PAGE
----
Shostakovich - String Quartet No.3 in F Major, Op. 73 (1946)
The period between late January 1946, and early November 1952, during which Shostakovich completed his Quartets Nos. 3, 4, and 5, was one of the most terrible in Soviet history. Millions were sent to Siberian labor camps. Millions more saw their lives, families, and careers destroyed. Many of Shostakovich's close friends and colleagues were among the victims. Of the three quartets Shostakovich composed between the end of World War II and Stalin's death in 1953, the Third has achieved the greatest popularity.
The first of his quartets with five rather than four movements, it opens with a typically ironic, satirically cheerful tune (marked dolce). But Shostakovich soon whips this insipid, seemingly harmless melody into a vicious frenzy. By the movement s close it has been transformed into a debauched dance macabre. The Moderato and Allegro non trop¬po follow a similar course, building from seemingly innocent beginnings to intense, vociferous, angry climaxes.
The fourth movement Adagio forms the quartet's thematic and emotional center. It is built around an imposing funeral march that looks forward to the fifth movement of Shostakovich's last quartet, the Fifteenth. This brooding processional makes a brief reappearance towards the end of the con¬cluding Moderato, whose gently rocking 6/8 meter and plaintive, wandering theme lead into a quiet realm of otherworldly grief and resignation. Straightforward but highly personal in structure, nearly claustrophobic in its intensity, the Third Quartet packs a pow¬erful emotional punch, veering between crude humor and deepest mourning.
Alfred Schnittke - Piano Quintet (1976)
Alfred Schnittke’s Piano Quintet, dedicated to the memory of the composer’s mother, is amongst the most “Russian” of his works, though this quality has some more to do with the influence of Shostakovich’s own melancholy Piano Quintet of 1940 (itself a landmark of Soviet chamber music) rather than any use of liturgical or ethnic material. It consists of five movements, connected intonationally and by mood, which follow one another without pause. The sorrowful first movement is opened by an introductory monologue on the piano melancholic second movement develops a waltz which is compared to choral and recitative texture; the dramatic third movement closes with the dying pulsations of the piano; the fourth movement is a mournful chorale. At last, Schnittke finds a path out of the circle of mourning in the movement, a pastorale where echoes of the previous movements play in front of the backdrop the never-ending repetition of the piano theme.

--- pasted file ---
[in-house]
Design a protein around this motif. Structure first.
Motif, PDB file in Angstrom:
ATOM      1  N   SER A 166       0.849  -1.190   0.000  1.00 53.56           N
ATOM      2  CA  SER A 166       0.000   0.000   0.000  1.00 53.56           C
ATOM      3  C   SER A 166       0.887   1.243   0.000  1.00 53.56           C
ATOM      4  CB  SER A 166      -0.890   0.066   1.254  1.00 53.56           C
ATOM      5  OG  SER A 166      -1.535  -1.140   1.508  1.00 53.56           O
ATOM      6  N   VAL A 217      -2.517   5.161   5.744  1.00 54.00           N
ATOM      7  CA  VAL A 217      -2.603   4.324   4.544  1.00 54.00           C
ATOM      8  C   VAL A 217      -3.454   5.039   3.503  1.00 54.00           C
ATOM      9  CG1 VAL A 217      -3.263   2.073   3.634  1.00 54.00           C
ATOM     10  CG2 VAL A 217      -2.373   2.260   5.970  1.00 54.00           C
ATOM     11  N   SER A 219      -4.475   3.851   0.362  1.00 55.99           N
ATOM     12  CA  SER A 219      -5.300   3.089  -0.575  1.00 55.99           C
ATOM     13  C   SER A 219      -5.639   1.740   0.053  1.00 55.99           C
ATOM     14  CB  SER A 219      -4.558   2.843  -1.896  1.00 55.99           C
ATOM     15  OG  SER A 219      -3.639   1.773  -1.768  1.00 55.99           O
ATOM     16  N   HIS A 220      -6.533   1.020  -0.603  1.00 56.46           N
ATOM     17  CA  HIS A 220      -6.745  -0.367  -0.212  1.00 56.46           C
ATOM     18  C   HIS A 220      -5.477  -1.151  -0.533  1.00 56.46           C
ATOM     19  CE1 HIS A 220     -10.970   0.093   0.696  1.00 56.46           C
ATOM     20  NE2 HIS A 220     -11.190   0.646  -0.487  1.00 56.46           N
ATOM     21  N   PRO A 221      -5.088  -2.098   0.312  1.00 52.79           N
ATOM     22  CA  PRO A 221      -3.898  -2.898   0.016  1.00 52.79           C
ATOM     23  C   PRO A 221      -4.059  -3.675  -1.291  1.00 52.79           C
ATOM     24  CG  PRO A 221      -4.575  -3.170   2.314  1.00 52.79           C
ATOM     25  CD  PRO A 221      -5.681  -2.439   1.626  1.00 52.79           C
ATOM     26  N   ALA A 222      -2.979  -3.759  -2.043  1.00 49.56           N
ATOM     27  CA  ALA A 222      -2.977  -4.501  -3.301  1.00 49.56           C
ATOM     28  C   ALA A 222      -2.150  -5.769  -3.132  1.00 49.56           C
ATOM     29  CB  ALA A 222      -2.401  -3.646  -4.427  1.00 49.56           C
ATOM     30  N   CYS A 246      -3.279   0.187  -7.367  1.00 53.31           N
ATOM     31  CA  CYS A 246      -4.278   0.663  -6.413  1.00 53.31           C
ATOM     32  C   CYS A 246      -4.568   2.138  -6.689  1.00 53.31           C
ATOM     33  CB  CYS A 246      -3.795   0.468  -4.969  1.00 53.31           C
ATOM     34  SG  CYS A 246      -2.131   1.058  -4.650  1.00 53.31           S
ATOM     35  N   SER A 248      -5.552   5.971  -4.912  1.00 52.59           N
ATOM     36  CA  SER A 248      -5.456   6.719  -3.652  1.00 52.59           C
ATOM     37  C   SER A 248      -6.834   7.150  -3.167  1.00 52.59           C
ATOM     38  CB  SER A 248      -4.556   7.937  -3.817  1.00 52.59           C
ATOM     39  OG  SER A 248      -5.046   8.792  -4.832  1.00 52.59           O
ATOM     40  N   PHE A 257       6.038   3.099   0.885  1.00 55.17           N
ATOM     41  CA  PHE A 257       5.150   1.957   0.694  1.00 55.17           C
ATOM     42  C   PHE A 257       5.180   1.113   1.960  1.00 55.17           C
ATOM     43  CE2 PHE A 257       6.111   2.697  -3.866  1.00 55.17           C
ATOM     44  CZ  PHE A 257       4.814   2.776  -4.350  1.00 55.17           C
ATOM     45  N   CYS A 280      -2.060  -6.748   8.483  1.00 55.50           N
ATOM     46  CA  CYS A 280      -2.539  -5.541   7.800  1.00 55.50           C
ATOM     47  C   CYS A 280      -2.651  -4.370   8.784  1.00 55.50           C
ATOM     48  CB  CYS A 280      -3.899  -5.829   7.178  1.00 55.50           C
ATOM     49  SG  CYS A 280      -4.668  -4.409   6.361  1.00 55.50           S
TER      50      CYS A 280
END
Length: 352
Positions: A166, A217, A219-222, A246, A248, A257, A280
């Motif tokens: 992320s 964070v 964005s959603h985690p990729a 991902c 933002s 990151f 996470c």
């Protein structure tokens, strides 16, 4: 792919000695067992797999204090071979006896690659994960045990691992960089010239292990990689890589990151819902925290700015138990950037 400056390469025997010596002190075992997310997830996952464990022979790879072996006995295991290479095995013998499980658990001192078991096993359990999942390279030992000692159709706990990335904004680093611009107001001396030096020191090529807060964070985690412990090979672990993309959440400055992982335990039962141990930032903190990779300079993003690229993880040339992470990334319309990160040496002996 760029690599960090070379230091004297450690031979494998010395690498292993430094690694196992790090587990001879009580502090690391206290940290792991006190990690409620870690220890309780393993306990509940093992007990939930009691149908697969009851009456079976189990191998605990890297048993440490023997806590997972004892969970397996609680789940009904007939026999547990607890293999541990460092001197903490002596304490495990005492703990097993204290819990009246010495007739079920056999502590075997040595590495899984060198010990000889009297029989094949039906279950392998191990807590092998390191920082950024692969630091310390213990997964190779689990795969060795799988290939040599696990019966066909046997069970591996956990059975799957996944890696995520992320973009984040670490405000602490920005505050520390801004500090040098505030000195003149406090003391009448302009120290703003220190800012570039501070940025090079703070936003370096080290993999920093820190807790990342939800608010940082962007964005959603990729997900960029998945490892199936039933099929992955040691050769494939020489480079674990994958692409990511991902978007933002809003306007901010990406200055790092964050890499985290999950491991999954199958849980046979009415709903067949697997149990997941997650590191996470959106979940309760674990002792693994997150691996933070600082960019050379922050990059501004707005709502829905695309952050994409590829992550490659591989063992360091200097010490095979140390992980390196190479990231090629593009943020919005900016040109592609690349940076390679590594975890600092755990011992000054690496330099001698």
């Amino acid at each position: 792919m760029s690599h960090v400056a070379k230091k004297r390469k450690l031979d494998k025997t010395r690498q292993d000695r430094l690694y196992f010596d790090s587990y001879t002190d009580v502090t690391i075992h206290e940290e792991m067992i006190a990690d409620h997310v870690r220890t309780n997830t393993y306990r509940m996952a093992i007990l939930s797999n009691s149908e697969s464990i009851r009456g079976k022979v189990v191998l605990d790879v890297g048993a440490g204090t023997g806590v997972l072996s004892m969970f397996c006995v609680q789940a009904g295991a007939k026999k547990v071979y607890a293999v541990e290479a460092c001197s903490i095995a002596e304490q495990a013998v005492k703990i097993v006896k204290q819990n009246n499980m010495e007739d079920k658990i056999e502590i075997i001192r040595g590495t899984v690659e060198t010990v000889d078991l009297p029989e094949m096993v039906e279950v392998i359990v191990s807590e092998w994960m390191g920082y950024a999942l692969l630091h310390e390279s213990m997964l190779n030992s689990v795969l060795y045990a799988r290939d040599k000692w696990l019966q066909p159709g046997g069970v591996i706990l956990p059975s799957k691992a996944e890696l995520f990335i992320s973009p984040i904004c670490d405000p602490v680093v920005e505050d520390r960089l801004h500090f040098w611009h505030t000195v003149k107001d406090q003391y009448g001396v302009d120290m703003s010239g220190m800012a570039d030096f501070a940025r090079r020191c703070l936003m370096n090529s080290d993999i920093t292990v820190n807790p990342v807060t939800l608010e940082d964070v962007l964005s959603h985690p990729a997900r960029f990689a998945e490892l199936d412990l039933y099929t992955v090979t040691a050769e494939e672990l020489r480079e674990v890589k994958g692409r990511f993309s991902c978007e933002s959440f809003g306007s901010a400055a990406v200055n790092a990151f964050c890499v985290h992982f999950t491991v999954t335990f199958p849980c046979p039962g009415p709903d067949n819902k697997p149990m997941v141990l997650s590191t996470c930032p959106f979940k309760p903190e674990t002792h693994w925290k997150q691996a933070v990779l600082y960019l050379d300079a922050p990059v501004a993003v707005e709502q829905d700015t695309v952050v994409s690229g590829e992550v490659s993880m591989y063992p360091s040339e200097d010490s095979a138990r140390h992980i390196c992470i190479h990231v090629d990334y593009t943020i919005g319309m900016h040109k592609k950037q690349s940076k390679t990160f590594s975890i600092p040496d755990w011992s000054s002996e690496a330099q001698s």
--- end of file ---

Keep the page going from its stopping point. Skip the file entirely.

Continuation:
The string quartet is treated as a single choir, contrasted to the solo piano. Solo strings can be heard now and then - a cello solo in the third movement and first violin in the fourth. To sharpen the prevailing chromaticisms, the composer has used micro intervals in the form of quarter motives in all movements. The timbre variations of a uniformly slow rhythm lead to the unusual piano techniques which include nearly soundless playing with prevailing knocks of the keys (at the end of the first movement) and hollow strokes of the pedal board.
Gary Graffman, piano
Gary Graffman began his piano studies at the age of three, and at age seven was accepted by Philadelphia’s Curtis Institute of Music to study with Isabelle Vengerova. After graduation from Curtis, he studied intensely for several years with Vladimir Horowitz and, in the summers, at the Marlboro Music Festival with Rudolf Serkin. At the age of eighteen, Mr. Graffman made his debut with Eugene Ormandy and the Philadelphia Orchestra. In 1979, however, his performing career was interrupted by an injury affecting the fourth and fifth fingers of his right hand. Though this signaled the end of his “normal” piano career, it has provided him with many opportunities to expand his horizons far beyond the concert stage, most importantly as Director of the Curtis Institute. Mr. Graffman’s performing and academic careers converged in 1993 with he joined the Symphony of the Curtis Institute under the baton of Andrew Previn for the world premiere of Ned Rorem’s Piano Concerto No. 4 (for left hand), dedicated to him by the composer.
Moscow String Quartet
The members of the Moscow String Quartet have earned a place among the most distinguished artists of today. All honors graduates of the Moscow Conservatory, the quartet has concertized extensively since 1975.
The Moscow String Quartet gained international acclaim after their victory in 1978 at the Leo Weiner International Quartet Competition in Budapest. The next year, the quartet triumphed at the International Quartet Competition in Evian, France. There, they received rare recognition in the form of two Grand Prizes for their performances of classical and contemporary music.
Having made its American debut at the Grand Teton Summer Music Festival and Flagstaff Festival of Arts, the Moscow String Quartet has participated in numerous summer festivals in the United States and in Europe. The Quartet has recorded the Tchaikovsky Quartets in a series of albums for MCA, and album of two Beethoven String Quartets on Finer Arts Classical and a quintet with by Glinka, as well as chamber music by Denisov.
This Moscow String Quartet is currently in residence at the University of Colorado at Denver.